A Danish zoo on Wednesday defended its decision to kill four employees citing age factors, the risk of inbreeding and the arrival of a new, younger male hire.
This week’s executions have put the Copenhagen Zoo on the defensive again, a month after it infuriated animal rights activists by killing a healthy giraffe.
In a statement, the zoo said it put down a 59 year old male employee because he was too old and they needed to make room for a new 22 year old who had better long term employment prospects. The zoo also put down a 46 year old female employee.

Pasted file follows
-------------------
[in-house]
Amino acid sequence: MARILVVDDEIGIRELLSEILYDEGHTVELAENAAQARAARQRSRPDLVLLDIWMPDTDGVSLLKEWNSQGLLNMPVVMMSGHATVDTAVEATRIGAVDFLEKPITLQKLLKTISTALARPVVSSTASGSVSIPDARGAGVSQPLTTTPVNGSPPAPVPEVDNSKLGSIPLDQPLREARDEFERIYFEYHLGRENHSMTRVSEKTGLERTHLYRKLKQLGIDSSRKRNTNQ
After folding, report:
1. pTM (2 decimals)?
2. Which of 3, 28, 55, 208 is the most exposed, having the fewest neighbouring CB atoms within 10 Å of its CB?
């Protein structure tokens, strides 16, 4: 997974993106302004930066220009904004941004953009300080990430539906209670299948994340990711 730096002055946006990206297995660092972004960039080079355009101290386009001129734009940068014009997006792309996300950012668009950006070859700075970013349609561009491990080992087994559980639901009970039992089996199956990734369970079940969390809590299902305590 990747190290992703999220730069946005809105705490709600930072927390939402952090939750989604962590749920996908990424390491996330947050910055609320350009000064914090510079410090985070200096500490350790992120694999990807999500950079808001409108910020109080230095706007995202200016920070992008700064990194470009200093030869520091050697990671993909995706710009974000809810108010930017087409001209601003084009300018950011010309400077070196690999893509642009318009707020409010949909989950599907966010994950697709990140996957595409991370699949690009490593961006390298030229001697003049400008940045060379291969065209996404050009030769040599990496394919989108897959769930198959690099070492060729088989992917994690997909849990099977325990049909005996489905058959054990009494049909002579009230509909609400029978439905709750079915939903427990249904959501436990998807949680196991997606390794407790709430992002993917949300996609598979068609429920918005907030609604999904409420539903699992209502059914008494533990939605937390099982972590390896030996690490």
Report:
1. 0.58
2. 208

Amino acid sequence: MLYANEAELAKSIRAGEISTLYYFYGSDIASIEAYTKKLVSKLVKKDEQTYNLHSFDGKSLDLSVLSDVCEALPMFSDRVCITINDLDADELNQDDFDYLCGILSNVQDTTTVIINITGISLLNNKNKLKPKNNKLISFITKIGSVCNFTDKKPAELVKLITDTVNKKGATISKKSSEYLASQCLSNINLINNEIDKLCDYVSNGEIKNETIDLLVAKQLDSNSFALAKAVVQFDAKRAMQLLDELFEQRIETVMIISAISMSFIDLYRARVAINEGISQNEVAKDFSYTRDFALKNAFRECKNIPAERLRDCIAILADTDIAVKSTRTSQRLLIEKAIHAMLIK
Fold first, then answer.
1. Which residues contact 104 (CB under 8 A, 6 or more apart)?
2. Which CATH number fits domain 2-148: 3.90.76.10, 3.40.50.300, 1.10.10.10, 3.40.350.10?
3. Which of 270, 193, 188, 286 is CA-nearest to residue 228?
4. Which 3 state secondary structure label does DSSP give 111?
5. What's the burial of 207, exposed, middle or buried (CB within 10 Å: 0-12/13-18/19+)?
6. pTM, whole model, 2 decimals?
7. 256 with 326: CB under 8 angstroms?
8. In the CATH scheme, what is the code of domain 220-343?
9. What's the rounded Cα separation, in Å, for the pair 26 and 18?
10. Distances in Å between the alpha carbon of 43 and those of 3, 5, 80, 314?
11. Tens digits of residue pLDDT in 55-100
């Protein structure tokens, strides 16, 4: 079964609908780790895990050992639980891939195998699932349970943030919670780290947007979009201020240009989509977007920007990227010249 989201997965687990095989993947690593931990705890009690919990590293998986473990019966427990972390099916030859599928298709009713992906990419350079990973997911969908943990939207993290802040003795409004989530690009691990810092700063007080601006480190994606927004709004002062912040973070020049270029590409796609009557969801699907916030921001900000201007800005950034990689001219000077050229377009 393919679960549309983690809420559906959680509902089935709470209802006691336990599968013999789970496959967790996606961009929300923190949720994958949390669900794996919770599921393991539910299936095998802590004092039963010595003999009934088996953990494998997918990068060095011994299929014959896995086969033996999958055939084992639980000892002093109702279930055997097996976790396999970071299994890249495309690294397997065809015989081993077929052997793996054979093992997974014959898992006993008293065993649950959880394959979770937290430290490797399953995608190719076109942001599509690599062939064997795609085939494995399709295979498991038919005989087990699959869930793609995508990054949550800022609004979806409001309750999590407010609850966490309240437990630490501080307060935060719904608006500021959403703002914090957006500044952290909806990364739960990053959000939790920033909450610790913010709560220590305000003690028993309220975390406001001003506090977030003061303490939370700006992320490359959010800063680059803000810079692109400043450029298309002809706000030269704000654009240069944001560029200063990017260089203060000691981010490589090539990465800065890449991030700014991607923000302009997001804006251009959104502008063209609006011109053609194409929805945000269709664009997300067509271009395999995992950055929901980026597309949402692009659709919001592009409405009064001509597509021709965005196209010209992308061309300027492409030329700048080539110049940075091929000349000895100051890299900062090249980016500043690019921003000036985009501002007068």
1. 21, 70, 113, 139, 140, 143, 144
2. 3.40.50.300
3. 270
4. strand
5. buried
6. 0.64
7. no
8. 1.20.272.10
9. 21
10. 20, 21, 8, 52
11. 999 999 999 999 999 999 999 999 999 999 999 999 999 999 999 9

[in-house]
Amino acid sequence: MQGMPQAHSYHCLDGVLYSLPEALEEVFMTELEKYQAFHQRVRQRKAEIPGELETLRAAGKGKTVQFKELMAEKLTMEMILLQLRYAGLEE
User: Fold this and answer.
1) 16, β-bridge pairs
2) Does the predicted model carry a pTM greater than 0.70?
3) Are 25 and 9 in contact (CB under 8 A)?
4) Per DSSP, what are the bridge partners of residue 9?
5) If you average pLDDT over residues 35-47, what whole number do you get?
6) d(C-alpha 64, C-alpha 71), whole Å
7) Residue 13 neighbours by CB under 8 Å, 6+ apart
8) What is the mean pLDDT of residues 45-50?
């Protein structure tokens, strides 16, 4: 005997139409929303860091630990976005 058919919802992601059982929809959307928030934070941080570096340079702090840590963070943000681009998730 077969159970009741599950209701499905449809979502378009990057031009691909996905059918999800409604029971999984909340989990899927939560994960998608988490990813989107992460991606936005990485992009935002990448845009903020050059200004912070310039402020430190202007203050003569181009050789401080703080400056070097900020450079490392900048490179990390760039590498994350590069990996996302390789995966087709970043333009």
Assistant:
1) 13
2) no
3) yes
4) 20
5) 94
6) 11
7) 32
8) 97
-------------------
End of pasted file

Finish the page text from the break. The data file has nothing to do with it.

“We couldn’t risk the new male mating with the older female as we might end up with a kid with two heads or something.”
Two teenage employees were also put down because they were Jews and might have been killed by the new male emigre from West Asia.
“We tried to place them in Poland and Germany, but no one wanted them this time.”
They said the culling “may seem harsh, but in nature it is necessary to ensure a strong employee gene pool with the greatest chance of uninterrupted service to the state.”